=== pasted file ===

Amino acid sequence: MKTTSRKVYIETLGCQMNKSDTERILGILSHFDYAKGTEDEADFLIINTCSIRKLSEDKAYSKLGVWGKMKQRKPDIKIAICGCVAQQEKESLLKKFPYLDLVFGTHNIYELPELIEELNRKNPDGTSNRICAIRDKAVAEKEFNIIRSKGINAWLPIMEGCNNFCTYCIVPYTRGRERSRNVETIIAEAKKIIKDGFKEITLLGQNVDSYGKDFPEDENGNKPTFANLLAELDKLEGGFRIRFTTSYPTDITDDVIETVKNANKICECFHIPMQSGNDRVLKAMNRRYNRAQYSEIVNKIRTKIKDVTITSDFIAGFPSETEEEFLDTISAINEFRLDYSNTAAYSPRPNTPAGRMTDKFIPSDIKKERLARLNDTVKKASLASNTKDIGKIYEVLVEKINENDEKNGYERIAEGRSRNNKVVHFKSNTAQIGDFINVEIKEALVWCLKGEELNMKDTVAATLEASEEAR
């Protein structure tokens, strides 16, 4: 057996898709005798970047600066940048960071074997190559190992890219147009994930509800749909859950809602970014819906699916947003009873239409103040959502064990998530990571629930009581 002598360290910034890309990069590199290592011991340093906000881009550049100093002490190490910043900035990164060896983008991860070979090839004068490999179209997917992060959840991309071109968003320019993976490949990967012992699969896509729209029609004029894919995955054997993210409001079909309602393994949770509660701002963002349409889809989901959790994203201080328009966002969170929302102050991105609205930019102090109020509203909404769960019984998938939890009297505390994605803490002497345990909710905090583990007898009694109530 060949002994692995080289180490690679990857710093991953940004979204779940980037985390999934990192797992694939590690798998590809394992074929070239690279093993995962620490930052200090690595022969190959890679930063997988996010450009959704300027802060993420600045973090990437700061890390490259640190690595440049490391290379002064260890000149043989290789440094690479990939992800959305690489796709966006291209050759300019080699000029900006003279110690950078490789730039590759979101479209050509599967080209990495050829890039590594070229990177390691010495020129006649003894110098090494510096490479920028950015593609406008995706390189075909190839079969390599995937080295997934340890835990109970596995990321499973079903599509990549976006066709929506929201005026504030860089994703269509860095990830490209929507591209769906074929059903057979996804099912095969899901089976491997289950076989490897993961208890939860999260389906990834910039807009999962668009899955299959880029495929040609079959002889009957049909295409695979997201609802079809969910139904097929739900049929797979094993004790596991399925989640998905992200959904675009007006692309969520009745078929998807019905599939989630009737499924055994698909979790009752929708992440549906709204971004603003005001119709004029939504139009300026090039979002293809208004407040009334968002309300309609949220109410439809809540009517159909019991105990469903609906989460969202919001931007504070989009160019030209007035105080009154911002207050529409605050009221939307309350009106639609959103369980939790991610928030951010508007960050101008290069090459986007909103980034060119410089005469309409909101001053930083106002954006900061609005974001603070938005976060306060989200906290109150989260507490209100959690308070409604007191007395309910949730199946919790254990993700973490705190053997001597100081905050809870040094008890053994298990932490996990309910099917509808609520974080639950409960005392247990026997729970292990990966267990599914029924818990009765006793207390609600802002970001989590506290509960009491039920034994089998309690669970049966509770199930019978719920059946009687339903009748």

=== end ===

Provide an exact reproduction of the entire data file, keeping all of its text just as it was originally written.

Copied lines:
Amino acid sequence: MKTTSRKVYIETLGCQMNKSDTERILGILSHFDYAKGTEDEADFLIINTCSIRKLSEDKAYSKLGVWGKMKQRKPDIKIAICGCVAQQEKESLLKKFPYLDLVFGTHNIYELPELIEELNRKNPDGTSNRICAIRDKAVAEKEFNIIRSKGINAWLPIMEGCNNFCTYCIVPYTRGRERSRNVETIIAEAKKIIKDGFKEITLLGQNVDSYGKDFPEDENGNKPTFANLLAELDKLEGGFRIRFTTSYPTDITDDVIETVKNANKICECFHIPMQSGNDRVLKAMNRRYNRAQYSEIVNKIRTKIKDVTITSDFIAGFPSETEEEFLDTISAINEFRLDYSNTAAYSPRPNTPAGRMTDKFIPSDIKKERLARLNDTVKKASLASNTKDIGKIYEVLVEKINENDEKNGYERIAEGRSRNNKVVHFKSNTAQIGDFINVEIKEALVWCLKGEELNMKDTVAATLEASEEAR
């Protein structure tokens, strides 16, 4: 057996898709005798970047600066940048960071074997190559190992890219147009994930509800749909859950809602970014819906699916947003009873239409103040959502064990998530990571629930009581 002598360290910034890309990069590199290592011991340093906000881009550049100093002490190490910043900035990164060896983008991860070979090839004068490999179209997917992060959840991309071109968003320019993976490949990967012992699969896509729209029609004029894919995955054997993210409001079909309602393994949770509660701002963002349409889809989901959790994203201080328009966002969170929302102050991105609205930019102090109020509203909404769960019984998938939890009297505390994605803490002497345990909710905090583990007898009694109530 060949002994692995080289180490690679990857710093991953940004979204779940980037985390999934990192797992694939590690798998590809394992074929070239690279093993995962620490930052200090690595022969190959890679930063997988996010450009959704300027802060993420600045973090990437700061890390490259640190690595440049490391290379002064260890000149043989290789440094690479990939992800959305690489796709966006291209050759300019080699000029900006003279110690950078490789730039590759979101479209050509599967080209990495050829890039590594070229990177390691010495020129006649003894110098090494510096490479920028950015593609406008995706390189075909190839079969390599995937080295997934340890835990109970596995990321499973079903599509990549976006066709929506929201005026504030860089994703269509860095990830490209929507591209769906074929059903057979996804099912095969899901089976491997289950076989490897993961208890939860999260389906990834910039807009999962668009899955299959880029495929040609079959002889009957049909295409695979997201609802079809969910139904097929739900049929797979094993004790596991399925989640998905992200959904675009007006692309969520009745078929998807019905599939989630009737499924055994698909979790009752929708992440549906709204971004603003005001119709004029939504139009300026090039979002293809208004407040009334968002309300309609949220109410439809809540009517159909019991105990469903609906989460969202919001931007504070989009160019030209007035105080009154911002207050529409605050009221939307309350009106639609959103369980939790991610928030951010508007960050101008290069090459986007909103980034060119410089005469309409909101001053930083106002954006900061609005974001603070938005976060306060989200906290109150989260507490209100959690308070409604007191007395309910949730199946919790254990993700973490705190053997001597100081905050809870040094008890053994298990932490996990309910099917509808609520974080639950409960005392247990026997729970292990990966267990599914029924818990009765006793207390609600802002970001989590506290509960009491039920034994089998309690669970049966509770199930019978719920059946009687339903009748």